I’m no stranger to the wardrobe cull – I’ve pared back my wardrobe more times than I can count, only to go back several months later and find that I’m not 100% happy with what I see in my closet. If I’m feeling particularly ruthless, I’ll work my way through my wardrobe with a fine-tooth comb at least once a week, just to make sure that I’m not hoarding anything that I know I’m unlikely to wear. For most, I’d recommend doing a quick audit of your wardrobe at the start of each season (every three or six months – whichever works best for you), to identify what you are and aren’t wearing, and spot any gaps in your wardrobe that need to be filled.
I generally find the process to be quite cathartic, as your wardrobe morphs from an overflowing mess (yes, on occasion it does get a little out of hand) to a carefully edited selection of wardrobe favourites. It also assists in wardrobe planning at the start of each season, in identifying what you might be missing, and what you definitely don’t need to buy any more of.
I know that there are plenty of wardrobe culling guides out there (and Anuschka of Into Mind does it incredibly well), but I wanted to give you all a little bit of insight into my process – just keep in mind what works for me might not work for you.
Step 1: Empty your wardrobe
And I mean everything. Pull everything out of wardrobe and pile it onto the bed. I know what you’re thinking – and yes, It might look daunting – but think of it as a fresh start to the season ahead. If you’re like me and have a pretty good handle on what is in your wardrobe (and what you do and don’t wear), I’d recommend just pulling out everything that hasn’t been worn in a while, or that you’re just not sure about.
Step 2: Try everything on
Be critical. If something doesn’t fit right, or you don’t like the way it makes you feel, then don’t keep it. There’s no point in having a wardrobe full of clothing that you don’t feel comfortable in or don’t enjoy wearing. I like to keep the following things in the back of my mind as I’m trying on each piece:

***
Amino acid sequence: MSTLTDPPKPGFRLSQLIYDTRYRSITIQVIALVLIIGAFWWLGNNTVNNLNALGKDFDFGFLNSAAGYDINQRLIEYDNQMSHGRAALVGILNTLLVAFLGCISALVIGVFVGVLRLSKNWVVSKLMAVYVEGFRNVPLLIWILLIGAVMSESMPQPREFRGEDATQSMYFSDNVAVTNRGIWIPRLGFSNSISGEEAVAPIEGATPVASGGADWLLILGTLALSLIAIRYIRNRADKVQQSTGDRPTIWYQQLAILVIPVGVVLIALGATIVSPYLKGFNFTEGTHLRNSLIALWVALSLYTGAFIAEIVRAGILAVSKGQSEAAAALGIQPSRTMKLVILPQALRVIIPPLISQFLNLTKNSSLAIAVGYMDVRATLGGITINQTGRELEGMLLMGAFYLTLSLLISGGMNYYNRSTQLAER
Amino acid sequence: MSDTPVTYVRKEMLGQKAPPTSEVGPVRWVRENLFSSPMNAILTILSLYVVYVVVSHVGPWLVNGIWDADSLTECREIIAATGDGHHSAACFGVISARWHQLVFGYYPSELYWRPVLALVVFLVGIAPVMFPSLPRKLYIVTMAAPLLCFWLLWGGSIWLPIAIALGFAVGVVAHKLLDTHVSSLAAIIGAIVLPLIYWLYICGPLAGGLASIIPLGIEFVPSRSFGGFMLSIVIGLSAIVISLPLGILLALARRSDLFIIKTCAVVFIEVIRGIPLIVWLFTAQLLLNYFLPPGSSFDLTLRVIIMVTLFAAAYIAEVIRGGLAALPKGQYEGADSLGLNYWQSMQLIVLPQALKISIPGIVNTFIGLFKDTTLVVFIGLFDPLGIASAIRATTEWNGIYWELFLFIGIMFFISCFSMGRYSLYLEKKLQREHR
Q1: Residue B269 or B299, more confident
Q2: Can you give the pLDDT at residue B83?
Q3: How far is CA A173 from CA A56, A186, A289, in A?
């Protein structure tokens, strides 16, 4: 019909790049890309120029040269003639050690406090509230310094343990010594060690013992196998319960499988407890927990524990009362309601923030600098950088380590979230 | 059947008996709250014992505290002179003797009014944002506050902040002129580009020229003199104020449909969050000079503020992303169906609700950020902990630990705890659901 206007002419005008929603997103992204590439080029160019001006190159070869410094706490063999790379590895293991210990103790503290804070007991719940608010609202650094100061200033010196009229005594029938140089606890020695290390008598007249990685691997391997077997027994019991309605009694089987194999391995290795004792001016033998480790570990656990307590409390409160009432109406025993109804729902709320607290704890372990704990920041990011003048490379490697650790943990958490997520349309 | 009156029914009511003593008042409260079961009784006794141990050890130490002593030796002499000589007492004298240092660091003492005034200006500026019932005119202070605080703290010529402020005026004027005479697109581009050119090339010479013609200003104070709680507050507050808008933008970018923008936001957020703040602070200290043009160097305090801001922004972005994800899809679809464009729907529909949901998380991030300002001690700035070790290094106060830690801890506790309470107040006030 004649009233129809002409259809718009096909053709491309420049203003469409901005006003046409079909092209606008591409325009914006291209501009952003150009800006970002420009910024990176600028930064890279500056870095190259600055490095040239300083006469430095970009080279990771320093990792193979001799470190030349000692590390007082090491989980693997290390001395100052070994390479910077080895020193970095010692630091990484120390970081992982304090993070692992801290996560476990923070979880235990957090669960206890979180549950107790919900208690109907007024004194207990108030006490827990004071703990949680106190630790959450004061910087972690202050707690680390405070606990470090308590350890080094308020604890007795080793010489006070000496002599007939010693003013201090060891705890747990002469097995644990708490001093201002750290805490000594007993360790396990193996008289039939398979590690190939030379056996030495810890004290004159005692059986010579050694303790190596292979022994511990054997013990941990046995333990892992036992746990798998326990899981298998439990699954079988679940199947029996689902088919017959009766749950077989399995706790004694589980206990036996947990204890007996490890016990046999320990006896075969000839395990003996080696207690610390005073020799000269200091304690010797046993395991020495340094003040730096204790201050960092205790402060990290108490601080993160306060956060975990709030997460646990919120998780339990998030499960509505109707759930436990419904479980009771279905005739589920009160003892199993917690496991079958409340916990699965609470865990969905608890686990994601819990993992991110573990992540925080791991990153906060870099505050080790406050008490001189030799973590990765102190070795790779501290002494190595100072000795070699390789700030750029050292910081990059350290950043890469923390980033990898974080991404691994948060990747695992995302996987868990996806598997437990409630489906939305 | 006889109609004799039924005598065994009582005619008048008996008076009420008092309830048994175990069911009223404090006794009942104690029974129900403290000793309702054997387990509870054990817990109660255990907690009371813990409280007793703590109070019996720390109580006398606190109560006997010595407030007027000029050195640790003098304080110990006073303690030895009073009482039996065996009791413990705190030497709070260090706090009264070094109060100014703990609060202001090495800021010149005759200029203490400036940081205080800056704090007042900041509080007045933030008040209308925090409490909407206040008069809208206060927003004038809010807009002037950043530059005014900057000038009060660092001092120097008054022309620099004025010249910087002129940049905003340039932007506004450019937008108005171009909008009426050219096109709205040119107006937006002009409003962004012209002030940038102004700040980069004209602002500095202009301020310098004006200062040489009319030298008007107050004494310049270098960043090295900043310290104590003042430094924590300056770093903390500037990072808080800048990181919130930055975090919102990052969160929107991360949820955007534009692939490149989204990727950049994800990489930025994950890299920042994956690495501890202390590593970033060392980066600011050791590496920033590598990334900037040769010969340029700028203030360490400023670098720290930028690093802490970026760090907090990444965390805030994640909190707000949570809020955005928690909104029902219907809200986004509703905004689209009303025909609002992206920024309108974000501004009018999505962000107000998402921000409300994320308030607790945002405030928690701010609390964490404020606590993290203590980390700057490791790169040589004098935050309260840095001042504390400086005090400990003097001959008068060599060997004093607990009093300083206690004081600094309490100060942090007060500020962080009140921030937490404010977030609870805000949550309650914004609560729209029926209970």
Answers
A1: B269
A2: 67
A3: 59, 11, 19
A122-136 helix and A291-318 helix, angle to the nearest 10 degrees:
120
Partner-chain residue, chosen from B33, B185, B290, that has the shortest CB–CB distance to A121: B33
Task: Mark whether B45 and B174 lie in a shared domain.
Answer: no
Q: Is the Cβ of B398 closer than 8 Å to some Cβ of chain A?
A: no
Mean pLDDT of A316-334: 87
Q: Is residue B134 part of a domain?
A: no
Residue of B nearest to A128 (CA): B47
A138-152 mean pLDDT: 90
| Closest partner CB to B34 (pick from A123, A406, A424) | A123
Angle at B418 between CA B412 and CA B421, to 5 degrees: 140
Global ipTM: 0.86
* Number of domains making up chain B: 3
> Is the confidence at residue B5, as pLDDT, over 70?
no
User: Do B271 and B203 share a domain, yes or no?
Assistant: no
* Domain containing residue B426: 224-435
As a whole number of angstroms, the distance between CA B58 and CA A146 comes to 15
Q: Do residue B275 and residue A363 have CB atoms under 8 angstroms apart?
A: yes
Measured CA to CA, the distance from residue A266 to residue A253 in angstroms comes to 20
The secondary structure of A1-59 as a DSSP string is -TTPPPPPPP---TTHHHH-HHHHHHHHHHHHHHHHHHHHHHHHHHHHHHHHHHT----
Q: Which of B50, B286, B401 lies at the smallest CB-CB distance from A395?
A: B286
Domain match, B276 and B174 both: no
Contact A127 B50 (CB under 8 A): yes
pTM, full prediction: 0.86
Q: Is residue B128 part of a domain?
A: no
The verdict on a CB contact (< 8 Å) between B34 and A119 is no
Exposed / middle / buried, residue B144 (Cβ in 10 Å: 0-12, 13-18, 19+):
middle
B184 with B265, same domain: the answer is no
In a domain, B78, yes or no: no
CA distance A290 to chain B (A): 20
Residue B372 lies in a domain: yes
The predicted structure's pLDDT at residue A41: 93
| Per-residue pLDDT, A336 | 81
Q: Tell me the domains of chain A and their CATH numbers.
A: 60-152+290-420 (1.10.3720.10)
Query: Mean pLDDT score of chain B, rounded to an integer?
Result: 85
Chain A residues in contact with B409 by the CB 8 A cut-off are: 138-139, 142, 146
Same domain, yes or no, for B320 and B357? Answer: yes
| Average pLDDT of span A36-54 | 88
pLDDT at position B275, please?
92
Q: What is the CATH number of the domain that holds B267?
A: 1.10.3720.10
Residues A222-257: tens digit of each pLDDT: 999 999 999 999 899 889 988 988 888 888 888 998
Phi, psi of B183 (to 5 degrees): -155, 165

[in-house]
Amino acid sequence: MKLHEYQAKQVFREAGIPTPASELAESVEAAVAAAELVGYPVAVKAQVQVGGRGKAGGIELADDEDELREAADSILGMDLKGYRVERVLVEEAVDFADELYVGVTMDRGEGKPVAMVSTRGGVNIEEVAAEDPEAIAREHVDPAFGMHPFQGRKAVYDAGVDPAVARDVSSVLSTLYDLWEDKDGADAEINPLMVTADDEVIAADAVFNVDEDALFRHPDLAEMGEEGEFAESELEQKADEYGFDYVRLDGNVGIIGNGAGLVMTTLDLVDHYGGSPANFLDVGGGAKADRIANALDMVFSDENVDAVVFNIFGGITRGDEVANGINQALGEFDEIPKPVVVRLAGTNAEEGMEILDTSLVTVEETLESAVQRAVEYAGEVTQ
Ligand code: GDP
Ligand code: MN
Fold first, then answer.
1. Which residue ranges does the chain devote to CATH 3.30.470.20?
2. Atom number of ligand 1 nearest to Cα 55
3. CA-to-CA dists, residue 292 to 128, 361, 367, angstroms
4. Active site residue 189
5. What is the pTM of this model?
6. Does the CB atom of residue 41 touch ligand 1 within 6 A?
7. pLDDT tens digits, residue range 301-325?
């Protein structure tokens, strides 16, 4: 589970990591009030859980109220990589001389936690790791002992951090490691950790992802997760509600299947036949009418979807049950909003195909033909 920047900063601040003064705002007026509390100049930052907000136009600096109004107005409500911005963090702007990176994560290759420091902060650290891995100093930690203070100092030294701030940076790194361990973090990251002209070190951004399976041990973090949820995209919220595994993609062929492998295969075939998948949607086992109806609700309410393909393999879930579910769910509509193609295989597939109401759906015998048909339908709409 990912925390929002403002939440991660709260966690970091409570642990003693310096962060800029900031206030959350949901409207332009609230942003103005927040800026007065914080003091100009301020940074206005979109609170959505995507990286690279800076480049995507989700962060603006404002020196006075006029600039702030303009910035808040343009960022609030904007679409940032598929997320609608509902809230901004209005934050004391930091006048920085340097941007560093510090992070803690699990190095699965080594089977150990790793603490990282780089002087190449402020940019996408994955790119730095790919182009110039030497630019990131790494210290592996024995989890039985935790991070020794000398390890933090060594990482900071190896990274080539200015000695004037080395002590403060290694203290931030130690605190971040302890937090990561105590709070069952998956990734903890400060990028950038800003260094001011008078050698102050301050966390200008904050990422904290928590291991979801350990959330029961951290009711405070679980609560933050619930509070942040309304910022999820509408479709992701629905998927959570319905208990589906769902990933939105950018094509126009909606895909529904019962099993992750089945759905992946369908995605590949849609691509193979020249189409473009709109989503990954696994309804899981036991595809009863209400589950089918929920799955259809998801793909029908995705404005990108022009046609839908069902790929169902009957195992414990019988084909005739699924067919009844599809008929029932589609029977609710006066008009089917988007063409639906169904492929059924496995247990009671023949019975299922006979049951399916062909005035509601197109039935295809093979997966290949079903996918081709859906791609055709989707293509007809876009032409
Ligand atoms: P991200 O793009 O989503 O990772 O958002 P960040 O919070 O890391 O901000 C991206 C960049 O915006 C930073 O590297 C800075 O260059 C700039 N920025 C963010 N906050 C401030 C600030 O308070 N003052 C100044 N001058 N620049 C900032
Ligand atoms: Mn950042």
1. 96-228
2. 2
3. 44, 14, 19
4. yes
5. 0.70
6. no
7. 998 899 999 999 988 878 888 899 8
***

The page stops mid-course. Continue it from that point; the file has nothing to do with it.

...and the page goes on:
Does this get regular wear?
Is it in good condition?
Is it flattering? Does it make me feel good to wear it? (this is usually the main reason why I’ll decide to get rid of something)
Does it fit my overall style?
Is it versatile?
If you find yourself answering no to any of thsese questions, then you need to ask yourself why you are keeping it. It could be for sentimental reasons, it could be that you are still waiting for an occasion to wear it, or it could be that you paid a lot of money for it.
I generally only keep the pieces which I enjoy wearing, am comfortable in, and that are in good condition. If it hasn’t been worn in the last six to twelve months, then I’m usually happy to let it go.
Step 3: Sort your items into keep, maybe, donate, and sell
Anything that you definitely want to keep, put back into your wardrobe. This is also the perfect opportunity to re-organise your wardrobe space so that you can find the pieces you love easily.
If there is anything that you weren’t sure about, put it back in your wardrobe and turn the hangers back to front, only turning them the right way if you’ve worn the item. General rule of thumb is that if after six months you haven’t worn it, it’s probably time to let go – although bear in mind that you may want to give more time to seasonal items, or special occasion pieces which you might wear once a year, if that.